Figure 17: Coverage Model and its Application to High Precision Medical Image Processing

25. HASP: Haptics-Assisted Surgery Planning

Ingrid Carlbom, Pontus Olsson, Fredrik Nysj¨o, Johan Nysj¨o, Ingela Nystr¨om

Partner: Daniel Buchbinder, Icahn School of Medicine at Mount Sinai, New York, NY, USA; Andreas Thor, Johanna Nilsson, Dept. of Surgical Sciences, Oral & Maxillofacial Surgery, UU Hospital; Andres Rodriguez Lorenzo, Dept. of Surgical Sciences, Plastic Surgery, UU Hospital

Funding: BIO-X 1.5M SEK; Thur´eus Stiftelsen: 150 K SEK, TN Faculty, Med Faculty, UU Period: 201501–

Abstract: The goal of HASP, our haptics assisted surgery planning system, is to put the planning process for complex head and neck surgery into the hands of the surgeon. During 2018, we continued evaluating HASP and the BoneSplit segmentation software both at the Uppsala University Hospital and at Mount Sinai Beth Israel in NYC. At the UU Hospital, a trauma study using HASP was completed during 2018. We evaluated the haptic model in HASP on CT data from a scanned plastic skull and ten retrospective cases. For the plastic skull, we compared accuracy and precision between users, whereas for the retrospective cases we

compared precision only. The study is currently in process of being submitted for publication. At Mount Sinai Beth Israel the focus has been validation of the accuracy of HASP with 12 retrospective cases and eight prospective cases. For each case, we produce a neomandible from resin models generated by a 3D printer of the mandible, cutting guides, fibula, and case-specific plates, that are cut and glued together. CT models of the reconstructed resin neomandible were compared with the HASP neomandible, to verify their correspondence. The study was completed during 2018, and is currently in process of being submitted for journal publication. See Figure 18.

Figure 18: HASP: Haptics-Assisted Surgery Planning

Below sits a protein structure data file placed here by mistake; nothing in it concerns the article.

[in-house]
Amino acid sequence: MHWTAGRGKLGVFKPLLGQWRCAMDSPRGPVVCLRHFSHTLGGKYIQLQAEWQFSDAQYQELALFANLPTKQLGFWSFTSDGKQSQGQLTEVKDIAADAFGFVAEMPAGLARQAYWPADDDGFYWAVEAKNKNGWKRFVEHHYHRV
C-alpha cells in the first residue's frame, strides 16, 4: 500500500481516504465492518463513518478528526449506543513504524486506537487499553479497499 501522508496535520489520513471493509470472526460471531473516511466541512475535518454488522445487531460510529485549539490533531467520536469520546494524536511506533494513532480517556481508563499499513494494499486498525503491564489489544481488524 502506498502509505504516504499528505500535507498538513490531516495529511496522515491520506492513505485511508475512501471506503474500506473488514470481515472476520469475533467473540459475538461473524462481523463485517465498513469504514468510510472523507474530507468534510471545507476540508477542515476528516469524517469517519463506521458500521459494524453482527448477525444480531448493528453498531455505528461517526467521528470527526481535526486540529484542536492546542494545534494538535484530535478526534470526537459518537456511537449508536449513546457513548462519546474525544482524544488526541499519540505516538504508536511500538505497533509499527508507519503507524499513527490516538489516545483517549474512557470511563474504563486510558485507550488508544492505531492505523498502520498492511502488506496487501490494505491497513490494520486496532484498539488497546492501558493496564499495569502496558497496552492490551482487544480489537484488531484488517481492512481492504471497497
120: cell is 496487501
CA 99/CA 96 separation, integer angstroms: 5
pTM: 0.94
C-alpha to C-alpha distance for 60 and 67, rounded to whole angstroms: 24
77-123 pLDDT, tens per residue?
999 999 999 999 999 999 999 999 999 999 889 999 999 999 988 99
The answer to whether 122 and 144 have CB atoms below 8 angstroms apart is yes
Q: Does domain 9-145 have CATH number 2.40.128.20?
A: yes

26. Virtual surgical planning for soft tissue resection and reconstruction

Ludovic Blache, Filip Malmberg, Fredrik Nysj¨o, Ingela Nystr¨om, Ingrid Carlbom

Partner: Andres Rodriguez Lorenzo, Andreas Thor, Dept. of Surgical Sciences, UU Hospital Funding: TN Faculty

Period: 201610–

Abstract: With the increasing use of 3D models and CAD technologies in the medical domain, virtual surgi-cal planning is now frequently used. Most of current solutions focus on bone surgisurgi-cal operations. However, for head and neck oncologic resection, soft tissue ablation and reconstruction are common operations. By removing the tumor, a defect in the face is created consisting of different tissue layers. To reconstruct this defect it is usually needed to transplant vascularized tissue from other parts of the body. In collaboration with the Dept. of Surgical Science at the UU Hospital, we aim at providing a virtual planning solution for such surgical operations. We developed a new method to estimate the shape and dimensions of soft tissue resections. Our approach takes advantage of a simple sketch-based interface, which allows the user to paint the contour of the resection on a patient specific 3D model reconstructed from a CT scan. The volume is then virtually cut and carved following this pattern to provide a 3D model of the resected volume. We then seek to develop a numerical model, based on finite element method, to simulate the non-rigid behavior of the soft tissue flap during the reconstruction process. See Figure 19.